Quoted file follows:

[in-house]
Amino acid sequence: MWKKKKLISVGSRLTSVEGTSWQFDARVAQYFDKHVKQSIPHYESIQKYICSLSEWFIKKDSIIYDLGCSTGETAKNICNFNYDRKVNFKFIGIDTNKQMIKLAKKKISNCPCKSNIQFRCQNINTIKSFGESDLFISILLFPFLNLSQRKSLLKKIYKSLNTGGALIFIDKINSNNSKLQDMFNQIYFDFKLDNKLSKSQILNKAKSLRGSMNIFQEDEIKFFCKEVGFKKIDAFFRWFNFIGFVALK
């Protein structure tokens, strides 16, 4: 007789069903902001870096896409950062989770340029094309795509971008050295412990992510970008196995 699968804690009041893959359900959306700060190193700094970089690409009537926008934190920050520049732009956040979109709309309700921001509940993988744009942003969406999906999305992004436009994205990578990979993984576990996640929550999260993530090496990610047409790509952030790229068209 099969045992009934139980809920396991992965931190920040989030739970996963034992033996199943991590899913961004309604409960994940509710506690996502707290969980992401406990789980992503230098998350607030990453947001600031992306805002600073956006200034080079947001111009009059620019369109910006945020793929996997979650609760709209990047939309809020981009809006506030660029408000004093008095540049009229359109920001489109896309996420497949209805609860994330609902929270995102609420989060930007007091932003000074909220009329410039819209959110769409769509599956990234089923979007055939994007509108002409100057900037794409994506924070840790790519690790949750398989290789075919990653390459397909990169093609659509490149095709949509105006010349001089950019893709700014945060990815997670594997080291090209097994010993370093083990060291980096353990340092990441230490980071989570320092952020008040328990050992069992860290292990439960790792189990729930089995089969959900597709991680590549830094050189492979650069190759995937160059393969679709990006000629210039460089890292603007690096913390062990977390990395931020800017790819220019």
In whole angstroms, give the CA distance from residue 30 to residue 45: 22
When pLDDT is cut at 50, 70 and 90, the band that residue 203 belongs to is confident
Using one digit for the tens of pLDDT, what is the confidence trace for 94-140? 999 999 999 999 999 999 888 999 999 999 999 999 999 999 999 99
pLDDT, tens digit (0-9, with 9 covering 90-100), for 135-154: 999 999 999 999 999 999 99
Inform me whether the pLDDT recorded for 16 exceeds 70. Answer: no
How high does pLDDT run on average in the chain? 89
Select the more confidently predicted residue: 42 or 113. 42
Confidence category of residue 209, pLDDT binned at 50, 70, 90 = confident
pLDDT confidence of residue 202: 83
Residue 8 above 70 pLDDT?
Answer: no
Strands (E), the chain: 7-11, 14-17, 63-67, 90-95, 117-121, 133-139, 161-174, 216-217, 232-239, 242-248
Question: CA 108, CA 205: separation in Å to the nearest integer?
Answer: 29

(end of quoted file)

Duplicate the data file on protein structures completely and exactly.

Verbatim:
[in-house]
Amino acid sequence: MWKKKKLISVGSRLTSVEGTSWQFDARVAQYFDKHVKQSIPHYESIQKYICSLSEWFIKKDSIIYDLGCSTGETAKNICNFNYDRKVNFKFIGIDTNKQMIKLAKKKISNCPCKSNIQFRCQNINTIKSFGESDLFISILLFPFLNLSQRKSLLKKIYKSLNTGGALIFIDKINSNNSKLQDMFNQIYFDFKLDNKLSKSQILNKAKSLRGSMNIFQEDEIKFFCKEVGFKKIDAFFRWFNFIGFVALK
């Protein structure tokens, strides 16, 4: 007789069903902001870096896409950062989770340029094309795509971008050295412990992510970008196995 699968804690009041893959359900959306700060190193700094970089690409009537926008934190920050520049732009956040979109709309309700921001509940993988744009942003969406999906999305992004436009994205990578990979993984576990996640929550999260993530090496990610047409790509952030790229068209 099969045992009934139980809920396991992965931190920040989030739970996963034992033996199943991590899913961004309604409960994940509710506690996502707290969980992401406990789980992503230098998350607030990453947001600031992306805002600073956006200034080079947001111009009059620019369109910006945020793929996997979650609760709209990047939309809020981009809006506030660029408000004093008095540049009229359109920001489109896309996420497949209805609860994330609902929270995102609420989060930007007091932003000074909220009329410039819209959110769409769509599956990234089923979007055939994007509108002409100057900037794409994506924070840790790519690790949750398989290789075919990653390459397909990169093609659509490149095709949509105006010349001089950019893709700014945060990815997670594997080291090209097994010993370093083990060291980096353990340092990441230490980071989570320092952020008040328990050992069992860290292990439960790792189990729930089995089969959900597709991680590549830094050189492979650069190759995937160059393969679709990006000629210039460089890292603007690096913390062990977390990395931020800017790819220019």
In whole angstroms, give the CA distance from residue 30 to residue 45: 22
When pLDDT is cut at 50, 70 and 90, the band that residue 203 belongs to is confident
Using one digit for the tens of pLDDT, what is the confidence trace for 94-140? 999 999 999 999 999 999 888 999 999 999 999 999 999 999 999 99
pLDDT, tens digit (0-9, with 9 covering 90-100), for 135-154: 999 999 999 999 999 999 99
Inform me whether the pLDDT recorded for 16 exceeds 70. Answer: no
How high does pLDDT run on average in the chain? 89
Select the more confidently predicted residue: 42 or 113. 42
Confidence category of residue 209, pLDDT binned at 50, 70, 90 = confident
pLDDT confidence of residue 202: 83
Residue 8 above 70 pLDDT?
Answer: no
Strands (E), the chain: 7-11, 14-17, 63-67, 90-95, 117-121, 133-139, 161-174, 216-217, 232-239, 242-248
Question: CA 108, CA 205: separation in Å to the nearest integer?
Answer: 29